Debt: that four-letter word that some shun as an absolute evil, something we should abstain from at all costs, no pun intended. At the other end of the spectrum, some do not appreciate the burden that debt carries and are somewhat reckless when it comes to accessing credit. I think that we do a huge disservice to our industry when we paint certain terms such as debt as either black or white. In reality, there is so much gray between these two extremes. Debt is a tool which can be used responsibly or carelessly; I think the difficulty can lie in qualifying whether we are indeed using it responsibly or not.
If you are buying your first home, chances are high that you will need a mortgage in order to finance such a commitment; I think that would be a responsible use of debt. If you are buying a car and need a loan, that could be considered a responsible use of debt. Having access to a Line of Credit in case of emergencies, that would be a good use of debt. Where the lines start to blur is when we go beyond fulfilling our basic needs and into the realm of gratuitousness. The most important question we need to ask when considering the use of debt is whether it is necessary or not. If we are relying on debt for something that is not necessary, we need to be aware of the risks involved.
As an example, in this current environment of low interest rates, many may be tempted to invest using borrowed funds; this is called leverage. Although the numbers may be compelling at the onset, we need to consider the potential consequences if the environment changes, which it undoubtedly can. As much as leverage can seemingly add value to your portfolio, it can also leave you in the position of debtor, the exact opposite of what was intended. Speaking specifically about the issue of borrowing to invest, we need to consider the impact of rising interest rates, how does this affect the after-tax rate of return needed in order to ‘come out ahead?’ Another issue worth considering is the fact that past returns are not necessarily an indication of future returns. Even though historical market returns may be higher than the current borrowing rates, making for a strong argument, what are the consequences if those dynamics shift? Are we prepared to deal with those losses? Similar questions need to be posed when considering buying a rental property. When borrowing to invest, whether that investment be a rental property or a portfolio of stocks, there is a level of risk involved with the potential for a negative outcome – this needs to be clearly understood.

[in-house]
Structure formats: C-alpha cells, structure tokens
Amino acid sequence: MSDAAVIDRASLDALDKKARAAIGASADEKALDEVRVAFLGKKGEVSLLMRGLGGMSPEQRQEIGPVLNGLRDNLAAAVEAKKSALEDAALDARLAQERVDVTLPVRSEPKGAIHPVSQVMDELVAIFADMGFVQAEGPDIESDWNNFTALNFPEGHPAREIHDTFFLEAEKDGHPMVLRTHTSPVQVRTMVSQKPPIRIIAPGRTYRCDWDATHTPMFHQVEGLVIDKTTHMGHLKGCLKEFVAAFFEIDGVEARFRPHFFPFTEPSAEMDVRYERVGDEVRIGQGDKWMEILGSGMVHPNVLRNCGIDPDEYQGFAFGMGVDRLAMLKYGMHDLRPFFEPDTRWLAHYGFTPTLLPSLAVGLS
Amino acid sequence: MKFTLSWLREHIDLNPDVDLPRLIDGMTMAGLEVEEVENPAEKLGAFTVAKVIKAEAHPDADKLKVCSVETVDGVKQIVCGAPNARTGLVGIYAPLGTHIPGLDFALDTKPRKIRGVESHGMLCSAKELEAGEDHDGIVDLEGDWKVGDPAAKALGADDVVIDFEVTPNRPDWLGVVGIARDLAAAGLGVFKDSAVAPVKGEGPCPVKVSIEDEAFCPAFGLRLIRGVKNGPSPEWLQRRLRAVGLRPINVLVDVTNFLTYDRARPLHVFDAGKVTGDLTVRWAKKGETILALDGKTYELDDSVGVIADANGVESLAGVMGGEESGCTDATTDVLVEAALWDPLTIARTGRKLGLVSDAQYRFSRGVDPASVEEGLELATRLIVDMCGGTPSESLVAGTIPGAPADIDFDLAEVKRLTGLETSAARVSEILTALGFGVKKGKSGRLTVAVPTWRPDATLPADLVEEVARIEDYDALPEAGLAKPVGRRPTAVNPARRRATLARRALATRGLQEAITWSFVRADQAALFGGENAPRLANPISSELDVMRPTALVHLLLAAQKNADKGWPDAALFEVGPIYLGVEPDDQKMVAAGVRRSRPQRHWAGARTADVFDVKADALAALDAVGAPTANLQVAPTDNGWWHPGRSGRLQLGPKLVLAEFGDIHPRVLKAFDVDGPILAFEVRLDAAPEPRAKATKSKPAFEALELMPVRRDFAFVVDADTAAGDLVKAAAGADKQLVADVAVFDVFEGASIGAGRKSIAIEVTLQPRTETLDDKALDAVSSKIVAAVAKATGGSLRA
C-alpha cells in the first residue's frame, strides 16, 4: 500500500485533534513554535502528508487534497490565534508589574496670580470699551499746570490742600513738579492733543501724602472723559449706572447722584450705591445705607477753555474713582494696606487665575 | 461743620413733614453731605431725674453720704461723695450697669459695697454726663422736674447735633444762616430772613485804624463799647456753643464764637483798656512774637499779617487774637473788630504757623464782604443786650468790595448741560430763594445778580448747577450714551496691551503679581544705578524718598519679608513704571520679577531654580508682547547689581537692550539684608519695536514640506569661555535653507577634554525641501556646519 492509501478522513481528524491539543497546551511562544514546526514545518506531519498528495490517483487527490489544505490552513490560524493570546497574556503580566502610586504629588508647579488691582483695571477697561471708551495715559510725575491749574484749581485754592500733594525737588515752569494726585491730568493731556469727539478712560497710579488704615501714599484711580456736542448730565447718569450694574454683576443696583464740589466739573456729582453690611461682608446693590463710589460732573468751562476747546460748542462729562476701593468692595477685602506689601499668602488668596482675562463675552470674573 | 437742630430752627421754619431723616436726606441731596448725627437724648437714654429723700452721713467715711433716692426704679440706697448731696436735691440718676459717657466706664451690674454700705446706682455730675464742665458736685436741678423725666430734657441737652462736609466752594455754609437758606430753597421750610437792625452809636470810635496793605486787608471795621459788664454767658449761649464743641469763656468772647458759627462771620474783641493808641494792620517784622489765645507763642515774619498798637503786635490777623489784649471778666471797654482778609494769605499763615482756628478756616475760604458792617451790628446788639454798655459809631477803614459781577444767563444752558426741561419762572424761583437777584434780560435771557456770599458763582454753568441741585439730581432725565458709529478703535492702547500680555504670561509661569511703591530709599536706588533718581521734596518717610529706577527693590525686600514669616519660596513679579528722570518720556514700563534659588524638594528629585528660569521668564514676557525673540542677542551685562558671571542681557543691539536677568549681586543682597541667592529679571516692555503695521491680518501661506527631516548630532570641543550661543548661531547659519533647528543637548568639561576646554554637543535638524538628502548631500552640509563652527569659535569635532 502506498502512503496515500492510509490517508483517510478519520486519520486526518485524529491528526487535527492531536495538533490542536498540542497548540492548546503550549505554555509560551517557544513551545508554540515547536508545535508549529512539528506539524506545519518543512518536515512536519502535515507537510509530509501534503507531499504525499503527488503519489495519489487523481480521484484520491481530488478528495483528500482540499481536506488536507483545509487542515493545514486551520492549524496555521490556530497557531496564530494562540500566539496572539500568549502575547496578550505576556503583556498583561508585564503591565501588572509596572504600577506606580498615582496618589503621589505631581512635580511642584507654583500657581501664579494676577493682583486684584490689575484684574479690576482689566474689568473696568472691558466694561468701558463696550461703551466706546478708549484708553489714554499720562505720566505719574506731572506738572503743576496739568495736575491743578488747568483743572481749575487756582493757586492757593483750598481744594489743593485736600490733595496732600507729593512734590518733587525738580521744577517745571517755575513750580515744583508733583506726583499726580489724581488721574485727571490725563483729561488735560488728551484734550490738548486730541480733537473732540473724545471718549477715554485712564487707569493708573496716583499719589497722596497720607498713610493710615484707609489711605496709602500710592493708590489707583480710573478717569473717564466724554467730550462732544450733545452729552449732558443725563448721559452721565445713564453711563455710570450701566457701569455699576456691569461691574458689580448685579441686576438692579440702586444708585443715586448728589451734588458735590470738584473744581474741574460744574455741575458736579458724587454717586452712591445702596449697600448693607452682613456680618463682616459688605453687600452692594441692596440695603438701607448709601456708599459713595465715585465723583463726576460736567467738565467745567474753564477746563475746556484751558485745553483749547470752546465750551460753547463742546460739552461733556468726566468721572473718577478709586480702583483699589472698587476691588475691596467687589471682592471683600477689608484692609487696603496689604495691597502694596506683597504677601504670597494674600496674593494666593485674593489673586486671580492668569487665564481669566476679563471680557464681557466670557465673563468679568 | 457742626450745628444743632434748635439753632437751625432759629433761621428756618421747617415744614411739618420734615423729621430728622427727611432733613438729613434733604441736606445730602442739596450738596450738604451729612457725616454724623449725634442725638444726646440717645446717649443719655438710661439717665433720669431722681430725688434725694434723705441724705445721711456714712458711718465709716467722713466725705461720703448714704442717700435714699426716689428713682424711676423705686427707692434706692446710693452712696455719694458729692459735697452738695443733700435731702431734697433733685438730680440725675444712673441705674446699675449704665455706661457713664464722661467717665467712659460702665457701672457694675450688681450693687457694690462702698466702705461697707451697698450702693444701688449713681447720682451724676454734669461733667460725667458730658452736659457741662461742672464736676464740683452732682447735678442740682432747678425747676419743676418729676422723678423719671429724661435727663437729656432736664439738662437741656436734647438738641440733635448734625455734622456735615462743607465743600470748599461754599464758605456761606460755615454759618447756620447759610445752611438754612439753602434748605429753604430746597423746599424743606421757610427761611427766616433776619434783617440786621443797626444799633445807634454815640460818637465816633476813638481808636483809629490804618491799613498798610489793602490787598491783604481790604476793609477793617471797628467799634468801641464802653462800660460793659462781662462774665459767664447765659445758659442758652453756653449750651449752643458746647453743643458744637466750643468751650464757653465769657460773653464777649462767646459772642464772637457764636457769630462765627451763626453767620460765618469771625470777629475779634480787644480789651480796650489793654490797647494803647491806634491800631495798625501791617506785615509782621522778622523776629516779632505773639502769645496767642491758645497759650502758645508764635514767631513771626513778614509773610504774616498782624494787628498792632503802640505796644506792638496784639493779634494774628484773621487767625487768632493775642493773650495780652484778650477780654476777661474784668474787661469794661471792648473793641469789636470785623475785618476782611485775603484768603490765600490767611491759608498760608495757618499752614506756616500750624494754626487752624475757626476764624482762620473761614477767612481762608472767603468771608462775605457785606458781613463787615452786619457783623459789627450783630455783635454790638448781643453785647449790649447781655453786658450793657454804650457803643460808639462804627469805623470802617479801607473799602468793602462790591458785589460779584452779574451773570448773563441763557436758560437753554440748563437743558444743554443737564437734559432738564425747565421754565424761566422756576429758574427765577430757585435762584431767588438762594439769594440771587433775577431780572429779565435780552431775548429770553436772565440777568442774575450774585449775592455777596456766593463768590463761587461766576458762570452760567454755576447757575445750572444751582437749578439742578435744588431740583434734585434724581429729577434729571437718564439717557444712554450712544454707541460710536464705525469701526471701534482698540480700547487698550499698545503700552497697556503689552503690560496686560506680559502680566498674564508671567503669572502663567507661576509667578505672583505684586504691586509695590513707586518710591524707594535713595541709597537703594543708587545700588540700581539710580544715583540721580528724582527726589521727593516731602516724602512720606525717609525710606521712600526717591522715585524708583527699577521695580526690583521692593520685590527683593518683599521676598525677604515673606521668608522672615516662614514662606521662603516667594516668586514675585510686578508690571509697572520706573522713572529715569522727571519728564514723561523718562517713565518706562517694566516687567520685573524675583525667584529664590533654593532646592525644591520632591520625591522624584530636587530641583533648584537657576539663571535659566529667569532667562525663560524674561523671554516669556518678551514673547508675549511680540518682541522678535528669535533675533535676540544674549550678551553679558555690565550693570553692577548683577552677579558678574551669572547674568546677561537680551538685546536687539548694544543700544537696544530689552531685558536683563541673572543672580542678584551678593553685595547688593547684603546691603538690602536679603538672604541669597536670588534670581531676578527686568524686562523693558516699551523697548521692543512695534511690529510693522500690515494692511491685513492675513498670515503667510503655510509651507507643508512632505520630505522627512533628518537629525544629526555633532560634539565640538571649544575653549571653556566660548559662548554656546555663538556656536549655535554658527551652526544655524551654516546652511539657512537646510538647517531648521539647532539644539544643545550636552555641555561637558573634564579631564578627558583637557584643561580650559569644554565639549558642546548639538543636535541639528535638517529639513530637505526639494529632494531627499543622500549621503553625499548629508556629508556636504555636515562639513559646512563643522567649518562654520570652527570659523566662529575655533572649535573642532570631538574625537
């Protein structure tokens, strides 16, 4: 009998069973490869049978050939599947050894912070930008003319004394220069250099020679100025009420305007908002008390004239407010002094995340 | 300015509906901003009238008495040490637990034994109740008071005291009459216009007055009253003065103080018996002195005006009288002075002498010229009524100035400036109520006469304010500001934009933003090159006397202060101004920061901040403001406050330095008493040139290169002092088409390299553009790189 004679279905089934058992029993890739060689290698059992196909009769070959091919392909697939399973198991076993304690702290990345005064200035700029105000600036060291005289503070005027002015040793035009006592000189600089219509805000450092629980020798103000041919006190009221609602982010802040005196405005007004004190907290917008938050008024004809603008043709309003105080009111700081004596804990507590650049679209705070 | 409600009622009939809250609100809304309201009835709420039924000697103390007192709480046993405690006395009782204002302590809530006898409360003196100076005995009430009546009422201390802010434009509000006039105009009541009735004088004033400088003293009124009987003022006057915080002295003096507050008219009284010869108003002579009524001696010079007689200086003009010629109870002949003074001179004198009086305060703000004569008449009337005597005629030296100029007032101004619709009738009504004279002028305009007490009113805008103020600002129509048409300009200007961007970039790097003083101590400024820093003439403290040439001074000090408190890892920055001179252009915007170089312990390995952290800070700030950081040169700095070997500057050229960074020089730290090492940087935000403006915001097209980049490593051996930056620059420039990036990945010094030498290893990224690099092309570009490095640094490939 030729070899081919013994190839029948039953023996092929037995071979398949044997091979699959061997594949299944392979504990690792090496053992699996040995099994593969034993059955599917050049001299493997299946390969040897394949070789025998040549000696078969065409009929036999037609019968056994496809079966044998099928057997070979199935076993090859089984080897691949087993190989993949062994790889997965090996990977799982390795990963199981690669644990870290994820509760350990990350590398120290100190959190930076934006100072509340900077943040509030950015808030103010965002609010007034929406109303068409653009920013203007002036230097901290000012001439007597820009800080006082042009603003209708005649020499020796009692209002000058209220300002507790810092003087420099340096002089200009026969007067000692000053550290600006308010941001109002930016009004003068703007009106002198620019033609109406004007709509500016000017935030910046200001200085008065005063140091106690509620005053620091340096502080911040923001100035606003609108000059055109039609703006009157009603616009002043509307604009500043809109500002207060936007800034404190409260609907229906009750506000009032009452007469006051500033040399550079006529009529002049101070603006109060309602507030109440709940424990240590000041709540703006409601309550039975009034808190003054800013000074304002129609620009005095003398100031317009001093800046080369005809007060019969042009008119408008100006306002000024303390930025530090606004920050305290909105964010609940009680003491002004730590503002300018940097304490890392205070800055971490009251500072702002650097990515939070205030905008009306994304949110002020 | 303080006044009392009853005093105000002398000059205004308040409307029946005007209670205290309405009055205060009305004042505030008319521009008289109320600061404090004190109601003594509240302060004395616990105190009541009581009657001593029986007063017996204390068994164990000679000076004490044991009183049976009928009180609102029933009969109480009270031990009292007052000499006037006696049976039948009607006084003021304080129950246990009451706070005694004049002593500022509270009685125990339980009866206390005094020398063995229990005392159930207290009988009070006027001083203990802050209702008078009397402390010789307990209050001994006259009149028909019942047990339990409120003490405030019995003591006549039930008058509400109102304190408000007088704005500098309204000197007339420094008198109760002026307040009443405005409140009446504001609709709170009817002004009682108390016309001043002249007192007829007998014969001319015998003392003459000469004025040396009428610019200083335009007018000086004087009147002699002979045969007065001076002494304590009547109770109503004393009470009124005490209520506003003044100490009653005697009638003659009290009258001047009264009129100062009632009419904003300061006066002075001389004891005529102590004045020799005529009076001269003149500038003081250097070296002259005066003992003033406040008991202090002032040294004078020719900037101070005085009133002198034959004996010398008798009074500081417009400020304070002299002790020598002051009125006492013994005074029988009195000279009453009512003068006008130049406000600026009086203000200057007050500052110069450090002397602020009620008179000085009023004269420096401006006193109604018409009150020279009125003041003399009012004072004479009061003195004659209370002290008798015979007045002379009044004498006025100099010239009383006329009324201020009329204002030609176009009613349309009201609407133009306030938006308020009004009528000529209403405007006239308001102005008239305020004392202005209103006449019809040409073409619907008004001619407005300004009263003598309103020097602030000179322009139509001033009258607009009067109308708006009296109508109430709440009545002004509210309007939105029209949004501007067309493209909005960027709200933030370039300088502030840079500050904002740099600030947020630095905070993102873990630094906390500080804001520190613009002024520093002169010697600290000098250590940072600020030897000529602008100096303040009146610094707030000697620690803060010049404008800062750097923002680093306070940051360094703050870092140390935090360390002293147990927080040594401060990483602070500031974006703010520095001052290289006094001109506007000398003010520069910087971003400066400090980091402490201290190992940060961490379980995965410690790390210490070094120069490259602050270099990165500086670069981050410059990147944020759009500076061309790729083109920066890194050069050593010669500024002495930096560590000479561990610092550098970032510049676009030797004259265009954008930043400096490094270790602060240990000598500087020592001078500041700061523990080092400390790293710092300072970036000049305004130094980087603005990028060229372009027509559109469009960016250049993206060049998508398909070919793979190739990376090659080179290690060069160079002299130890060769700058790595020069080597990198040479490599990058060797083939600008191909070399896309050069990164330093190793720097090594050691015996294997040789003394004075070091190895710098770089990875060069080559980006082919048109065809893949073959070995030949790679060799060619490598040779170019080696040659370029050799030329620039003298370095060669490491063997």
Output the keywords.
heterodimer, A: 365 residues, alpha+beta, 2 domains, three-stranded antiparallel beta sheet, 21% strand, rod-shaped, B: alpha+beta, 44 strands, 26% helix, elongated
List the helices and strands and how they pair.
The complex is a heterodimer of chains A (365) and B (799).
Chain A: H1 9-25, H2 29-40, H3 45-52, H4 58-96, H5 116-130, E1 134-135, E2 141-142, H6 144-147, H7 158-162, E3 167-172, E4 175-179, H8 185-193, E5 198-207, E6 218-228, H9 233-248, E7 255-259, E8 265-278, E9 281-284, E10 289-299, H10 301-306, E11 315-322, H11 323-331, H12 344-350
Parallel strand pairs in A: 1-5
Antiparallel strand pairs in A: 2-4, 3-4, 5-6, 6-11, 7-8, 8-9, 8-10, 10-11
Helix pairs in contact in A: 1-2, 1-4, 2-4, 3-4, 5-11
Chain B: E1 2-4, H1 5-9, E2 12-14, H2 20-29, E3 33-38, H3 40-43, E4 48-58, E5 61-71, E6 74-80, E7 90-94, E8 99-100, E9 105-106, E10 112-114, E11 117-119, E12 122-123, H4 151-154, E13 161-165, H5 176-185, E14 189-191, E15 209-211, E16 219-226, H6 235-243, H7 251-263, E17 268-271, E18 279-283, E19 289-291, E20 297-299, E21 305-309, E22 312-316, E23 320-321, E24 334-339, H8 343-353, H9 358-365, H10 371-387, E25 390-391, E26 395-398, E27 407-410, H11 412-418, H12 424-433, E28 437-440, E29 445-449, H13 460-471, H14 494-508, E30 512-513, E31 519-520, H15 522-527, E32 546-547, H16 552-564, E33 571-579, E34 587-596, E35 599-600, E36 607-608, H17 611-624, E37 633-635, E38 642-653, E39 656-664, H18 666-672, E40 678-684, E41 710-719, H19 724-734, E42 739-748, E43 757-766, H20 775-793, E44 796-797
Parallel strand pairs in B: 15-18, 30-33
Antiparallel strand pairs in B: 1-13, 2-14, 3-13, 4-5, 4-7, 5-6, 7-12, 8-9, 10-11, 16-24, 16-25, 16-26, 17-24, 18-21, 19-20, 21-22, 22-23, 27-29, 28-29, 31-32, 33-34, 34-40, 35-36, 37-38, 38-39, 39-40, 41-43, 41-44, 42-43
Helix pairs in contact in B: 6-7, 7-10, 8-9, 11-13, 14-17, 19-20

The use of debt is not necessarily bad and there are many sophisticated investors whose success is credited to the regular use of debt and leverage. However, this does not mean that debt is for everyone which is why I like to position debt as a powerful tool. When using powerful tools, we should proceed with caution. The way one person approaches and uses that tool may be different to another because we all come with varying levels of comfort, experience and risk tolerance. But in all situations, when using debt, a careful evaluation of the inherent risks involved need to be conducted.
Janet Kim Sing, Portfolio Manager
Capstone Private Wealth